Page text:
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Police tazer guy who tries to save his child.

Wylted
Posts: 21,167
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3/20/2015 3:51:57 PM
Posted: 1 year ago
A guy attempts to run into a burning house to save his 3 year old child. The cops taze him and prevent him from doing so. This article is one I found that seems to give both sides of the story best. The other articles for the most part only have one side of the story. http://m.nydailynews.com...

What do you guys think? Should you have the right to put your life on the line to save your kid?

Please read article before responding. It provides details I left out.
Wylted
Posts: 21,167
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3/20/2015 4:03:24 PM
Posted: 1 year ago
I created this poll. I wanted to see how people answered it differently that read that particular news story than the people who are provided no context or story. http://www.debate.org...
Varrack
Posts: 2,410
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3/20/2015 5:31:41 PM
Posted: 1 year ago
Yes he should have been allowed to save his son. However, the police seemed to be acting out of their best interest, but had they let him go in the boy may have lived.
Wylted
Posts: 21,167
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3/20/2015 5:34:08 PM
Posted: 1 year ago
At 3/20/2015 5:31:41 PM, Varrack wrote:
Yes he should have been allowed to save his son. However, the police seemed to be acting out of their best interest, but had they let him go in the boy may have lived.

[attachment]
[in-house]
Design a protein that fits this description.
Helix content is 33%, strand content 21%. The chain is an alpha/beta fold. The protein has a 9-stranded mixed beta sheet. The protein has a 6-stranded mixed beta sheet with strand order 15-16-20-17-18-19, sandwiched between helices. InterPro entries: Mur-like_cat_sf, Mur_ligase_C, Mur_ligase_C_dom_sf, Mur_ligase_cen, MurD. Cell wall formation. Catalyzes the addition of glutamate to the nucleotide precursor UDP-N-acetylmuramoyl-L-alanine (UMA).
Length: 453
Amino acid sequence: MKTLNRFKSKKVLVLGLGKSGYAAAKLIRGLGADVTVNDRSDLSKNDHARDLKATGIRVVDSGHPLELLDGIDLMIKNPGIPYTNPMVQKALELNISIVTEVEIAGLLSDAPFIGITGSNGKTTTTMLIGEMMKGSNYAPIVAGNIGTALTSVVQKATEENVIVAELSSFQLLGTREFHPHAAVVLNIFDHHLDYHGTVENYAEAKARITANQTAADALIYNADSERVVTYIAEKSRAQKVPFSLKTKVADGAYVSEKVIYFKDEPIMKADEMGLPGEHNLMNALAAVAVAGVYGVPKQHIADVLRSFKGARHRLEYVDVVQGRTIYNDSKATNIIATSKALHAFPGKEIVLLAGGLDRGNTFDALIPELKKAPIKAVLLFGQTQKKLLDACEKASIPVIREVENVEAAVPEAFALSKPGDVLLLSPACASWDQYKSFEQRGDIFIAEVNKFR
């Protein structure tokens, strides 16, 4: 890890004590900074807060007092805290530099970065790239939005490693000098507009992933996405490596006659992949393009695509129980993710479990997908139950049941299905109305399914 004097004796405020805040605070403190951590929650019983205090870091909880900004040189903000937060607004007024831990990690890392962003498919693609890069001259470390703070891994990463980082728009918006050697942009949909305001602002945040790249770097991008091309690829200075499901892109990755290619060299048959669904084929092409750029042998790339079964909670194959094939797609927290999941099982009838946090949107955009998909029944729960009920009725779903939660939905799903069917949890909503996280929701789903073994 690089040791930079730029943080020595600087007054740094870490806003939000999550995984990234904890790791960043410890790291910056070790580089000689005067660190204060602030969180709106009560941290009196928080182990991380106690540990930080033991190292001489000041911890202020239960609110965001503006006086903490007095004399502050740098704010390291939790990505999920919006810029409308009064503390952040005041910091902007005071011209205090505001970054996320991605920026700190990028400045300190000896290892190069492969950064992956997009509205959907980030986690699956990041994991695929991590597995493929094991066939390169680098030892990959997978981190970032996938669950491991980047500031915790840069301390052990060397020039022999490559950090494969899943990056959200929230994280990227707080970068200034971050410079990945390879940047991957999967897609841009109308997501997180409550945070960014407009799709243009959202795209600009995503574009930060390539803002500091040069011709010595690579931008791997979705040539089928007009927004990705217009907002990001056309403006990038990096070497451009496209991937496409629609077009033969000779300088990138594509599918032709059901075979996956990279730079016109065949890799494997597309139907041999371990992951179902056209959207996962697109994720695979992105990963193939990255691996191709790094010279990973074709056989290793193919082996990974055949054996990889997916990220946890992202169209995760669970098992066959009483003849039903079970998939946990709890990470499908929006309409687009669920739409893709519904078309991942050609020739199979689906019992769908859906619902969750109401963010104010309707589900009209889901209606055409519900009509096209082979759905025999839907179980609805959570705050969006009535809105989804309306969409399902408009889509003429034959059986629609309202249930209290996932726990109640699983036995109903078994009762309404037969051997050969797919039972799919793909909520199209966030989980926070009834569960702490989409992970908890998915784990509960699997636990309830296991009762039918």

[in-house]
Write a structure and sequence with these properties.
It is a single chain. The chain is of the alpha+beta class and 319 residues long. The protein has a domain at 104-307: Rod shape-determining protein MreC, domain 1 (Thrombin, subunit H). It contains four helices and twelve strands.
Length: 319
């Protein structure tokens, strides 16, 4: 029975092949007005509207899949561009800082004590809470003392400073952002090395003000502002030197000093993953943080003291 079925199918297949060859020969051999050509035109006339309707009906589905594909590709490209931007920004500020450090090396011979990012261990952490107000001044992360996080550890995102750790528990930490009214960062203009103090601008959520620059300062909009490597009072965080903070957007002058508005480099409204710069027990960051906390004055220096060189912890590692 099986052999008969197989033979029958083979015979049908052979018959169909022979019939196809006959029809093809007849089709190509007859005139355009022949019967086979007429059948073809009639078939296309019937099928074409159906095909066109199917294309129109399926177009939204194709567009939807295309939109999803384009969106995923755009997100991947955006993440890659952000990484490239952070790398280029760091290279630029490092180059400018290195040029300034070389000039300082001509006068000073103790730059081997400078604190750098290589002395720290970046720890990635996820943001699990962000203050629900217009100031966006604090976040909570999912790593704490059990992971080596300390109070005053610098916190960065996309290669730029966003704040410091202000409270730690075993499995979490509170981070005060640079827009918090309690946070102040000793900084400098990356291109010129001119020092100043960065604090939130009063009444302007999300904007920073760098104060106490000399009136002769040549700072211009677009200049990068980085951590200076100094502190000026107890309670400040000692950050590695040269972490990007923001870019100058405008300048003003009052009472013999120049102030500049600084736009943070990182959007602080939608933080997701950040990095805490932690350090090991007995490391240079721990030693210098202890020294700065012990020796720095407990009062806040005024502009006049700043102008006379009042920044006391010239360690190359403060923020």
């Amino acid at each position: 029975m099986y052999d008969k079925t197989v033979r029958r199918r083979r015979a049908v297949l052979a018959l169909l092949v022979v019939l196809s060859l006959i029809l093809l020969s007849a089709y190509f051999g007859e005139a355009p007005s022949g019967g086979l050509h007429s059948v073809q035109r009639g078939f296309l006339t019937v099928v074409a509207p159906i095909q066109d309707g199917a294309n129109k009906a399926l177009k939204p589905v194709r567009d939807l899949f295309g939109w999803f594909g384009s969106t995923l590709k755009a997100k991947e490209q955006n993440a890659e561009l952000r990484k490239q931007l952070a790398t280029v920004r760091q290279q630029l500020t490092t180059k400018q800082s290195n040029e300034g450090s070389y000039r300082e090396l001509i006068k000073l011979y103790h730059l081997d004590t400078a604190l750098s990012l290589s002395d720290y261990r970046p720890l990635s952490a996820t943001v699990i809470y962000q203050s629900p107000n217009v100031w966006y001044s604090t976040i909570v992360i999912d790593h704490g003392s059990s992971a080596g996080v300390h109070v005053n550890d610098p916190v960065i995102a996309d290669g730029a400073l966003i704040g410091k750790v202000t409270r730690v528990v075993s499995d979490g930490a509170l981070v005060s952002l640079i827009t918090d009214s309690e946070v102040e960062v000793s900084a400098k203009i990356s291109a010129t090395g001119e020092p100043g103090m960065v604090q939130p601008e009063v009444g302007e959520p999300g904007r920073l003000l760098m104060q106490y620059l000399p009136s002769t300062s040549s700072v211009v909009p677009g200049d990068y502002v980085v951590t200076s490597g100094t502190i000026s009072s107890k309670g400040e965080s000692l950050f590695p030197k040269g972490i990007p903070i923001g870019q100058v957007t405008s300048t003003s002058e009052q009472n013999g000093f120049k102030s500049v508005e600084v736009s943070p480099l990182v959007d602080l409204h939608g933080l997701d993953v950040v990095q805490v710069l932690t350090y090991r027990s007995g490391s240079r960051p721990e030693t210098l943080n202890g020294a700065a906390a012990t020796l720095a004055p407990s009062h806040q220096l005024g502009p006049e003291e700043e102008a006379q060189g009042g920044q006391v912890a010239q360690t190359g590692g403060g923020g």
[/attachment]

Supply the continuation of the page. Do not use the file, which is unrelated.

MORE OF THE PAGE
What if the officer knew for a fact that the guy would be unsuccessful? What if he knew it was a suicide mission? Would that change your stance?
Varrack
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3/20/2015 5:35:23 PM
Posted: 1 year ago
At 3/20/2015 5:34:08 PM, Wylted wrote:
At 3/20/2015 5:31:41 PM, Varrack wrote:
Yes he should have been allowed to save his son. However, the police seemed to be acting out of their best interest, but had they let him go in the boy may have lived.

What if the officer knew for a fact that the guy would be unsuccessful? What if he knew it was a suicide mission? Would that change your stance?

Yes, I don't see a reason why he would have let them in that case.
Wylted
Posts: 21,167
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3/20/2015 5:40:00 PM
Posted: 1 year ago
At 3/20/2015 5:35:23 PM, Varrack wrote:
At 3/20/2015 5:34:08 PM, Wylted wrote:
At 3/20/2015 5:31:41 PM, Varrack wrote:
Yes he should have been allowed to save his son. However, the police seemed to be acting out of their best interest, but had they let him go in the boy may have lived.

What if the officer knew for a fact that the guy would be unsuccessful? What if he knew it was a suicide mission? Would that change your stance?